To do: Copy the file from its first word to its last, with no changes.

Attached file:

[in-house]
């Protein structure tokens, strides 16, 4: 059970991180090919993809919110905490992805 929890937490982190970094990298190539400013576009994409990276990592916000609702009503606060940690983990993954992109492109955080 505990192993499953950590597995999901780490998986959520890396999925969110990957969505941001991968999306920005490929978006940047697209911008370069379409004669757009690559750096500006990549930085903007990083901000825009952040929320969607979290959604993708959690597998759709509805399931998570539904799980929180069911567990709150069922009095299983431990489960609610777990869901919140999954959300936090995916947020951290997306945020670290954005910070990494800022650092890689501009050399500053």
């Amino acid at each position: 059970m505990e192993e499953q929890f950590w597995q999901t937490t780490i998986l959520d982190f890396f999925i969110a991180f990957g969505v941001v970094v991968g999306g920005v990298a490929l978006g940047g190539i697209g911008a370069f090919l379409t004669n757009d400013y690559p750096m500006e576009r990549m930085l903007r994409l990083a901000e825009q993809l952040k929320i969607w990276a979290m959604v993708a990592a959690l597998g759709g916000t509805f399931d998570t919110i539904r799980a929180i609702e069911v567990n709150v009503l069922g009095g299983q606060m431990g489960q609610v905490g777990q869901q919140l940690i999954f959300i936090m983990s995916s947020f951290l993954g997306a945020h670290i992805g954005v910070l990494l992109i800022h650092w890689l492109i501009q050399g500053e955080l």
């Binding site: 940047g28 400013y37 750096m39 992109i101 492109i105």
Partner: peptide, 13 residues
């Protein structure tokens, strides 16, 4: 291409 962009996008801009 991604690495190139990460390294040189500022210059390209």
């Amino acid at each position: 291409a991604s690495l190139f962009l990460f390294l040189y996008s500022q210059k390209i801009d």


[in-house]
């Protein structure tokens, strides 16, 4: 059970991180090919993809919110905490992805 929890937490982190970094990298190539400013576009994409990276990592916000609702009503606060940690983990993954992109492109955080 505990192993499953950590597995999901780490998986959520890396999925969110990957969505941001991968999306920005490929978006940047697209911008370069379409004669757009690559750096500006990549930085903007990083901000825009952040929320969607979290959604993708959690597998759709509805399931998570539904799980929180069911567990709150069922009095299983431990489960609610777990869901919140999954959300936090995916947020951290997306945020670290954005910070990494800022650092890689501009050399500053």
């Amino acid at each position: 059970m505990e192993e499953q929890f950590w597995q999901t937490t780490i998986l959520d982190f890396f999925i969110a991180f990957g969505v941001v970094v991968g999306g920005v990298a490929l978006g940047g190539i697209g911008a370069f090919l379409t004669n757009d400013y690559p750096m500006e576009r990549m930085l903007r994409l990083a901000e825009q993809l952040k929320i969607w990276a979290m959604v993708a990592a959690l597998g759709g916000t509805f399931d998570t919110i539904r799980a929180i609702e069911v567990n709150v009503l069922g009095g299983q606060m431990g489960q609610v905490g777990q869901q919140l940690i999954f959300i936090m983990s995916s947020f951290l993954g997306a945020h670290i992805g954005v910070l990494l992109i800022h650092w890689l492109i501009q050399g500053e955080l």
């Binding site: 940047g28 400013y37 750096m39 992109i101 492109i105």
Partner: peptide, 13 residues
């Protein structure tokens, strides 16, 4: 291409 962009996008801009 991604690495190139990460390294040189500022210059390209």
């Amino acid at each position: 291409a991604s690495l190139f962009l990460f390294l040189y996008s500022q210059k390209i801009d």